Why you shouldn’t completely cut sugar out of your diet

While there is no question too much sugar is bad for you, cutting it out entirely may actually hinder you hitting your sweet spot when it comes to good health.

Gone are the days when fat was once framed as the evil ingredient adding to our waistlines because now, it seems sugar is the new number one enemy.

While we know most Australians are consuming a higher amount of sugar than recommended, potentially increasing their risk for conditions such as type 2 diabetes and obesity, some experts argue quitting sugar altogether may not be the best solution for your overall health.

What is sugar?

Sugar is a form of carbohydrate naturally found in many foods and can be an added ingredient to packaged food products, registered nutritionist and director of NPR Consulting Dr Courtney Thompson says.

However, this glucose is not to be confused with fructose as it has a different chemical structure, Courtney says.

“Foods higher in glucose often have a higher glycaemic index (GI), which means the body breaks them down quickly to give you rapid energy,” she explains.

“On the flip side, fructose containing foods often have a medium or low GI, so they are broken down more slowly to give you more consistent energy.”

Does your body need sugar?

While excessive sugar consumption can have negative health impacts, Courtney says carbohydrates are still the body’s preferred source for energy.

“This is because they’re easier to convert into glucose, which we need for the central nervous system, brain function, growth and repair.”

Glucose is essential in fuelling aerobic and anaerobic cellular respiration, processes known to help form energy for every living thing.

What happens if you don’t eat enough sugar?

Shift Nutrition dietitian Skye Swaney warns a blanket ban on all sugars does carry some health risks.

“Having a black-and-white attitude to food can lead to disordered eating habits and feelings of guilt and anxiety when the forbidden food is eaten, which can have a detrimental impact on mental health,” Skye says.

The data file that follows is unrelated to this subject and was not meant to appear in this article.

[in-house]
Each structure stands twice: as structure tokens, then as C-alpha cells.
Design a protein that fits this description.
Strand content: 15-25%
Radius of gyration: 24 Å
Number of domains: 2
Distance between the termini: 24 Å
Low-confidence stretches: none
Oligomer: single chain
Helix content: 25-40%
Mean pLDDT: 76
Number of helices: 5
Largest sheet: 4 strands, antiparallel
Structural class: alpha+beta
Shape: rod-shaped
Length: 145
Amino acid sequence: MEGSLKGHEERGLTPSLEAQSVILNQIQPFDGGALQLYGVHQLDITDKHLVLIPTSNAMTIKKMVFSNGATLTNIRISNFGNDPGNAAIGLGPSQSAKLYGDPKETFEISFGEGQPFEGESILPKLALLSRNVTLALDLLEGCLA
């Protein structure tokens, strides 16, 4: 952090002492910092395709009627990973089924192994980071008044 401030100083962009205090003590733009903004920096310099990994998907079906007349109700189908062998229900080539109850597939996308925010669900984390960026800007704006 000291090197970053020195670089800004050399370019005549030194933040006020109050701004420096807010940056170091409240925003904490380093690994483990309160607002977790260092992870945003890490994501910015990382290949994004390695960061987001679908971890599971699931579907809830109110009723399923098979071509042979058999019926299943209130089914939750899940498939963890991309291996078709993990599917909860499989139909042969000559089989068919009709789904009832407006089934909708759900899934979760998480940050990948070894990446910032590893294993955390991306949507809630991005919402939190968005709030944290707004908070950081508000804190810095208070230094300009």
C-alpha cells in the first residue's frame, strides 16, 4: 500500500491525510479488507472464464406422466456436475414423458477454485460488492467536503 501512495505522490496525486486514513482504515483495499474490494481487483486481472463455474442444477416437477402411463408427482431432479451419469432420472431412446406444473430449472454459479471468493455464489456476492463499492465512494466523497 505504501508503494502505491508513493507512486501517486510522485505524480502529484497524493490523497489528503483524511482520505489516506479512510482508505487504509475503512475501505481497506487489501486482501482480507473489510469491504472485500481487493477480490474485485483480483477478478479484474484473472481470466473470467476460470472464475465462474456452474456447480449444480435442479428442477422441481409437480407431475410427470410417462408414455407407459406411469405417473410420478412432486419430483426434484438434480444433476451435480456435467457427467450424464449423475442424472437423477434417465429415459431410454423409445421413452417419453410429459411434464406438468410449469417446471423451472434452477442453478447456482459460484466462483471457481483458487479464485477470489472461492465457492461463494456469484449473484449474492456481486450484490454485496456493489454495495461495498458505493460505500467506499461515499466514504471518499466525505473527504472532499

“It can also lead to an obsessive attitude towards sugar, as banning ourselves from eating certain foods tends to mean that we crave them even more.”

Dumping sugar from the menu can also lead to us mistakenly making unhealthy choices as many sugar-free diets are jam-packed with sweet alternatives, or so-called natural sugars including rice malt syrup and maple syrup.

“Due to a belief that foods made with these sorts of sweeteners are healthier, it’s possible for people to end up actually eating more sugar instead of less,” Skye says.

The dangers of sugar deprivation

“Without sugar, you’ll likely lack energy, feel more tired and irritable, and have trouble concentrating,” Courtney warns.

Other signs of a zero-sugar diet could also include headaches, dizziness and nausea.

How much sugar should you have a day?

The National Health and Medical Research Council recommends carbohydrates make up 45 to 60 per cent of our total energy intake, Courtney says.

“However, if we’re talking about added sugars like what’s found in your processed or refined options, the World Health Organisation recommends to limit consumption to less than 10 per cent of total energy intake,” she adds.

“Which is around 50g or 12 teaspoons per day.”

Best ways to eat the right amount of sugar

Check out these easy sugar-free ideas:

While occasionally slipping a sugar-free recipe or two into your meal plan may help regulate your processed sugar intake, Courtney advises opting for naturally occurring sugars and complex carbohydrates where possible.

“This means following the Australian Dietary Guidelines and including wholegrain breads, cereals, fruit, starchy vegetables, lentils, legumes and dairy products over refined options like lollies, chocolate and fast food,” Courtney says.

“Other more specific examples to keep your blood sugar levels in check include seeded bread, rolled oats, quinoa, beans and chickpeas.”

Skye also recommends aiming for balance, variety and moderation.

“Naturally occurring sugars in nutritious foods such as fruit and dairy products such as milk and yoghurt can stay,” she says.

“Focus on nourishing your body with a variety of nutritious foods that you enjoy, with room for some sugar here and there.”

For more sweet reads about all things sugar:

Written by Alex White. Updated by Melissa Hong, January 2024.